It started with one of my friend’s classmates. Then to the girl in the block next to mine. And finally, despair consumed a fellow student journalist I knew personally.
The cases of suicide were getting closer and closer to me. Death caused by depression and anxiety was quick on its feet, and I barely outran it. Staying alive and surviving 2020 is one great miracle in and out of itself.
The consequences of mental health disorders have made it the third most common cause of death in the Philippines. Moreover, for every 100,000 Filipinos, there are only 2-3 mental health practitioners.
Recently, the COVID-19 pandemic caused frequent reports of anxiety and depression symptoms in individuals. In the Philippines, there is a notable increase of Filipinos suffering from different kinds of neurological and substance use disorders.
Shame and fear of being disowned have made Filipinos hesitant about reaching out and opening up about their mental struggles. Thoughts of despair and negativity are often met with toxic positivity. Friends and family show a harmful kind of tough love to a person at the brink of breaking.
Many Filipinos still believe that mental health only revolves around psychiatric disorders that need confinement in hospitals. Despite the active promotion of mental health awareness, stigma on the topic continues to persist.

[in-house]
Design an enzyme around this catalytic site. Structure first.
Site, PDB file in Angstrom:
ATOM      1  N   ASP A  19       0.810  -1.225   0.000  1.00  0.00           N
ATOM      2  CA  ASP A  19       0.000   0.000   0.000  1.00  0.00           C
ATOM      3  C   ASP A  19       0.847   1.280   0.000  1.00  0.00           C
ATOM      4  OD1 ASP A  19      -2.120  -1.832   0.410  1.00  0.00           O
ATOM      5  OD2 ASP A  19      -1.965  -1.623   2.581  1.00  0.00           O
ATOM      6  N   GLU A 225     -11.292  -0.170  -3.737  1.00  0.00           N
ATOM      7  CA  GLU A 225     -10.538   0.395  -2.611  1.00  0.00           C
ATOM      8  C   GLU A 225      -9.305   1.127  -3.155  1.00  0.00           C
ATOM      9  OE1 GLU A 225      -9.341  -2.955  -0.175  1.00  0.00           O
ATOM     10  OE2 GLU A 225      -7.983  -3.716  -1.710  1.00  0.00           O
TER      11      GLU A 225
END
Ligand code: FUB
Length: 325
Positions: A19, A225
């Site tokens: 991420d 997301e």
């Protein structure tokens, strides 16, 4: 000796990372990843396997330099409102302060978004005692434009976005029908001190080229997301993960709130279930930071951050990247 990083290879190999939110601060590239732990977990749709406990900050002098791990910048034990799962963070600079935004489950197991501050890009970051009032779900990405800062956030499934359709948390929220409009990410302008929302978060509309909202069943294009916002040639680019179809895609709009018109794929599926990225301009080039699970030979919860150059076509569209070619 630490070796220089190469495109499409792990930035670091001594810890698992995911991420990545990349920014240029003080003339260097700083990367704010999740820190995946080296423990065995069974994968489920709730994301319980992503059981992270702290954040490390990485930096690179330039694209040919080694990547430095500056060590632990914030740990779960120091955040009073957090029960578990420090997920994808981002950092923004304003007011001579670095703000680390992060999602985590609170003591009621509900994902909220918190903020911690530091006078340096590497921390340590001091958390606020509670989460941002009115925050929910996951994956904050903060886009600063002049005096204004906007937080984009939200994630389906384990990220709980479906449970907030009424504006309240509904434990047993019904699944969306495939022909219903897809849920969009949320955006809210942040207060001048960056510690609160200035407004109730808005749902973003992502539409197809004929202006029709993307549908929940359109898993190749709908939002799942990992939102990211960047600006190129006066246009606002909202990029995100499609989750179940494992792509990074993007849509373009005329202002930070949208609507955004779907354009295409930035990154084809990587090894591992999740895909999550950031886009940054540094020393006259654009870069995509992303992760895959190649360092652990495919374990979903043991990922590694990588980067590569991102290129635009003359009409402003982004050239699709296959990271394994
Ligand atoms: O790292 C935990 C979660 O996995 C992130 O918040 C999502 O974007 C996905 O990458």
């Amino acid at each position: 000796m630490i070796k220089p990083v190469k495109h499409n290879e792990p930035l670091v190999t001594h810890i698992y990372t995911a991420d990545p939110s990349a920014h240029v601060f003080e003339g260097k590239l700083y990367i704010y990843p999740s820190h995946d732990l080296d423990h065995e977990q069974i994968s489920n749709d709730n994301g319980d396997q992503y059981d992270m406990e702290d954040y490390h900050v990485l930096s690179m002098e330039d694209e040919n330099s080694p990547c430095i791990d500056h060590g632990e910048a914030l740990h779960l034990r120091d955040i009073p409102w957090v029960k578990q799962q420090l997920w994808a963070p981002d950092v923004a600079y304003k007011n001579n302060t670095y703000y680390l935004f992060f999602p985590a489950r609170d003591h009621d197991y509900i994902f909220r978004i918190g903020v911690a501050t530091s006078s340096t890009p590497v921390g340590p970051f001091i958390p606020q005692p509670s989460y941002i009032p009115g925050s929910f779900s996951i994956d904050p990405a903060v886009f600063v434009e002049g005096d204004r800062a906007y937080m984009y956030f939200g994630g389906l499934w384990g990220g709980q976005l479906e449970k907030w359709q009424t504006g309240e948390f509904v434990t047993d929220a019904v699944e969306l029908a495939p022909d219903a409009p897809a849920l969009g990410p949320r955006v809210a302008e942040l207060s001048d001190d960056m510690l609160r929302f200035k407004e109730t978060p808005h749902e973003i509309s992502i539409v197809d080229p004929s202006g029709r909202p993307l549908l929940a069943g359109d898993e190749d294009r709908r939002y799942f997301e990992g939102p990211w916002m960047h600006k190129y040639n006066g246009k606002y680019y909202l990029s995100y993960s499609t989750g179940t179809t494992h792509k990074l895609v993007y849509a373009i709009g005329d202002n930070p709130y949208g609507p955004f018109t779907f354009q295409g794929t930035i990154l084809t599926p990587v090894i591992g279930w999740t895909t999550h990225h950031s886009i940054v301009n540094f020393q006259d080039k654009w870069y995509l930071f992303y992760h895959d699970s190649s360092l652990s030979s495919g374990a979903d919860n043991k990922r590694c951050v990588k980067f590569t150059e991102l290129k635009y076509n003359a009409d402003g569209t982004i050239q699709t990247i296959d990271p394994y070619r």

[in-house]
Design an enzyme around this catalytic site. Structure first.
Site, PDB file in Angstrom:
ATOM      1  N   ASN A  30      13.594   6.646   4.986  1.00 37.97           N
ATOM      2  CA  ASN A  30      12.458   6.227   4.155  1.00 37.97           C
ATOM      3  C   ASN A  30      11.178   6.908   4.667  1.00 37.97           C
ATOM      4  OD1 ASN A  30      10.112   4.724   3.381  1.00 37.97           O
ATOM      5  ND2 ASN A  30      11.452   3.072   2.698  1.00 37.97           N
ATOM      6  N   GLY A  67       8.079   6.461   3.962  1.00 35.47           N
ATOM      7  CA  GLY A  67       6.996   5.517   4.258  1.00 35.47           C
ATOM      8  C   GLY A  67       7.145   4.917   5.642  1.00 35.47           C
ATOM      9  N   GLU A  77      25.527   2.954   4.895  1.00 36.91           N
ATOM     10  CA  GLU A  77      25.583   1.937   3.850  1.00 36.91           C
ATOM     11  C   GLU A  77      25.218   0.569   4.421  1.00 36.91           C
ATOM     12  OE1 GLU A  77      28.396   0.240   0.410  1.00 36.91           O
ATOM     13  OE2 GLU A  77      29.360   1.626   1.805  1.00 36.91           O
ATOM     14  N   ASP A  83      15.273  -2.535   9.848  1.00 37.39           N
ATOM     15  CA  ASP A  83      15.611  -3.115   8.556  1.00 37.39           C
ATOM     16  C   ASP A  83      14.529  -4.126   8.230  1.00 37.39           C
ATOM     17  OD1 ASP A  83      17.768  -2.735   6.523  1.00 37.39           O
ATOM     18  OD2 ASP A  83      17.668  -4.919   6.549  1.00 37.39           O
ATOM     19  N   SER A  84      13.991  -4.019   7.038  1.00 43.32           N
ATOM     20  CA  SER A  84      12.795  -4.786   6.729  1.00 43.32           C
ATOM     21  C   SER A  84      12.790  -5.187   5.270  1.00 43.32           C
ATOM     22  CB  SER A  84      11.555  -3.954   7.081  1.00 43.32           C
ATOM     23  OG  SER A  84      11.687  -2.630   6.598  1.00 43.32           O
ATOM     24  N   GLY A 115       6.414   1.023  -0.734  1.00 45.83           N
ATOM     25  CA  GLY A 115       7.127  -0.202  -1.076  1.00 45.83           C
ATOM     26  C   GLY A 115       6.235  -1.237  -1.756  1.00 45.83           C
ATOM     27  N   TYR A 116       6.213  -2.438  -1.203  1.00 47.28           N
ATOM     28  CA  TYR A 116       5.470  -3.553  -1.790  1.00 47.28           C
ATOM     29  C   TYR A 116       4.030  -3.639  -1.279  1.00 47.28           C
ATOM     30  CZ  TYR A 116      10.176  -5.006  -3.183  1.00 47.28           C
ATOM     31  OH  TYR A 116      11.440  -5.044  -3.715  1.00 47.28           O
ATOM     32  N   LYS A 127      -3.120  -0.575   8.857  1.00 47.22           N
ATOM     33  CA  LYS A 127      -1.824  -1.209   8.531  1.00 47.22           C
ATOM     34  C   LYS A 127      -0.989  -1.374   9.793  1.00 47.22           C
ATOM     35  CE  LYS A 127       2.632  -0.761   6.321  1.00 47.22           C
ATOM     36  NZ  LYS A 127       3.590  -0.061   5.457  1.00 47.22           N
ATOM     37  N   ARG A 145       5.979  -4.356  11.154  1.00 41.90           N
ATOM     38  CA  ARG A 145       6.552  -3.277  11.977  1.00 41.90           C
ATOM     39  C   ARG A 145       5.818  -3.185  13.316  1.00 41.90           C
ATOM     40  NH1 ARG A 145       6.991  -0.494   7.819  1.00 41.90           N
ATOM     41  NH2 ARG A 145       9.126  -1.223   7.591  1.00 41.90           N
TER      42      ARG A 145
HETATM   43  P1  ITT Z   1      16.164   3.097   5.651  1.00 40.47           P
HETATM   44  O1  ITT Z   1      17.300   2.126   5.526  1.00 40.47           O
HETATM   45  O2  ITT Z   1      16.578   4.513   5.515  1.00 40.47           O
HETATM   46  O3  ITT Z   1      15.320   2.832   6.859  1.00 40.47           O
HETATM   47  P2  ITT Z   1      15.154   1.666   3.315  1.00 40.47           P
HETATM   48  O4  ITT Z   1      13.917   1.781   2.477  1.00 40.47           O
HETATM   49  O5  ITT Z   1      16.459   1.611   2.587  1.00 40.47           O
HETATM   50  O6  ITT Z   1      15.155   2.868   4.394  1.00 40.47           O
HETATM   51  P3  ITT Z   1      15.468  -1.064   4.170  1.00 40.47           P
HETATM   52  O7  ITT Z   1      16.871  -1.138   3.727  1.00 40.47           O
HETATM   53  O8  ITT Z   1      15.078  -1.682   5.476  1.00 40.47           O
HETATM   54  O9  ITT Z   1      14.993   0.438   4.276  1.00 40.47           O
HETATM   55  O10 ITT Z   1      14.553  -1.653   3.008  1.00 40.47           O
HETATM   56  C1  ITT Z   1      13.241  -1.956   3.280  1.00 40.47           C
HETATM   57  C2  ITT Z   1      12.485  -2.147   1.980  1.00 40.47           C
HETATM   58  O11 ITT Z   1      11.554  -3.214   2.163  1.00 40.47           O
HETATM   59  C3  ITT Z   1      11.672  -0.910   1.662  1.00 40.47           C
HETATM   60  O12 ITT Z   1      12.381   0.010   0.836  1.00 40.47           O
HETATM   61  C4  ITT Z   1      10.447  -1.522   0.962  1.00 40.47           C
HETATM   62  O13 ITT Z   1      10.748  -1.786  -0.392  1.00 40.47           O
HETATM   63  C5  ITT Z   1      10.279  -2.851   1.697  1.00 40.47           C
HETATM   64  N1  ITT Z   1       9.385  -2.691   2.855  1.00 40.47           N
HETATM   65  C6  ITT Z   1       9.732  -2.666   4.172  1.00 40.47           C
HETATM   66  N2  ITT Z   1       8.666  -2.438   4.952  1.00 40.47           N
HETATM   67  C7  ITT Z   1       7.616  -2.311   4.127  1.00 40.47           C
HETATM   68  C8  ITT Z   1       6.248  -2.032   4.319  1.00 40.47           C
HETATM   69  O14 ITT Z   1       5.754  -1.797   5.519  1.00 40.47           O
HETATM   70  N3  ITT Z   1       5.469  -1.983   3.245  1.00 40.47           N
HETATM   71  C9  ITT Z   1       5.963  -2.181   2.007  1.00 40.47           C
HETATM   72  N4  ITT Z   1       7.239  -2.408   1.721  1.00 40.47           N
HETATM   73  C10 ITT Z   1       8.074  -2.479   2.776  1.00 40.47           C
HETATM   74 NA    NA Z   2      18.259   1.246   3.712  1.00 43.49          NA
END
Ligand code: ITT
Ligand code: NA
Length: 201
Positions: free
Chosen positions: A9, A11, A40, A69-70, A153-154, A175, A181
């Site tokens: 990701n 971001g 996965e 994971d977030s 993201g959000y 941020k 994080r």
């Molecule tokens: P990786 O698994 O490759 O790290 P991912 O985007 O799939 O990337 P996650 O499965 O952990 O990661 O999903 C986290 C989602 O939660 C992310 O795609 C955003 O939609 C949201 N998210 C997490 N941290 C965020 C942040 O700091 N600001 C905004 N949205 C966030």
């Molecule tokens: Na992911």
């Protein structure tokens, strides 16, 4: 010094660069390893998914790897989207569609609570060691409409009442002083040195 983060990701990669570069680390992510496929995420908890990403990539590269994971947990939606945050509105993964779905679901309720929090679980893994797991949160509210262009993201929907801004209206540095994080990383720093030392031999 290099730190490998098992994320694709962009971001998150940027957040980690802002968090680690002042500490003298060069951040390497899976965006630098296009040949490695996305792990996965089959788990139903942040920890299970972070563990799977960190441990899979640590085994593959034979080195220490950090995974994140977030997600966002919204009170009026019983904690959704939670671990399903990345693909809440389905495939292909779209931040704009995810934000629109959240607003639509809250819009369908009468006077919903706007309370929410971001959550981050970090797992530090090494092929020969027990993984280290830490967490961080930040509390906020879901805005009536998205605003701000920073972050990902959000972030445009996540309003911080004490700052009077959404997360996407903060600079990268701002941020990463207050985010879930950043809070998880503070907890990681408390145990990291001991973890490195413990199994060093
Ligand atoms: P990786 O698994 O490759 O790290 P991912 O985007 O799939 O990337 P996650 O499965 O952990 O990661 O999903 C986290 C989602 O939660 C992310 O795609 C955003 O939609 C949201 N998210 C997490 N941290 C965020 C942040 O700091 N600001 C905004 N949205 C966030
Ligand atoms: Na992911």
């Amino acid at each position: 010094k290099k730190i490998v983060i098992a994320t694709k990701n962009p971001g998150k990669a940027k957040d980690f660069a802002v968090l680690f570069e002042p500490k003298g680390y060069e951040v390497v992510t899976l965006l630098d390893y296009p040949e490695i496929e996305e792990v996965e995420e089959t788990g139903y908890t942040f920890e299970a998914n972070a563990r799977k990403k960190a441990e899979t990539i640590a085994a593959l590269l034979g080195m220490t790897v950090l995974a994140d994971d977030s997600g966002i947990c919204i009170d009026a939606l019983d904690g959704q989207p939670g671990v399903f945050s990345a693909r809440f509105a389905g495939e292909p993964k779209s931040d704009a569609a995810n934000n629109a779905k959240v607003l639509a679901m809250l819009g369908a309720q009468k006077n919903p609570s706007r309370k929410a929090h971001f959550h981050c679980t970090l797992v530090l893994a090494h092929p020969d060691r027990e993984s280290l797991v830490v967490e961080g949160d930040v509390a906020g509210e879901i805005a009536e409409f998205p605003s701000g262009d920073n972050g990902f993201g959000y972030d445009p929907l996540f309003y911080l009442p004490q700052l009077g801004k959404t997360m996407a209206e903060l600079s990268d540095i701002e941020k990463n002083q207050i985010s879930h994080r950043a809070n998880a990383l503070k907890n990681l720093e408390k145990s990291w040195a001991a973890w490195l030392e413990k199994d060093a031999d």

The demand for better mental health support hastily increased over the past year. The Philippine government should put their effort and focus on improving mental health facilities and organizations.
There is not enough action done to help individuals who suffer mental health illnesses. Furthermore, a session with a professional is expensive and can cost up to 4,500 pesos. Most Filipino families see therapy focused on mental health as a privilege than a need.
There have been actions done to promote mental health. But infographics and a hotline won’t alleviate the mental issues Filipinos face in the long run. What we need are affordable and accessible services that mitigate the financial difficulties majority of the citizens endure.
However, each of us can contribute to the solution. Joining self-help groups hosted by trained peers involve emotional support and sharing of experiences. Some webinars inspire how to support friends and family suffering from mental health issues. Online forums teach how to approach and receive a person needing help.
Our goal should be to take mental health and its effects more seriously. Mental health care is a right that needs availability for all. Awareness is not enough, and action is what we need to ignite change.
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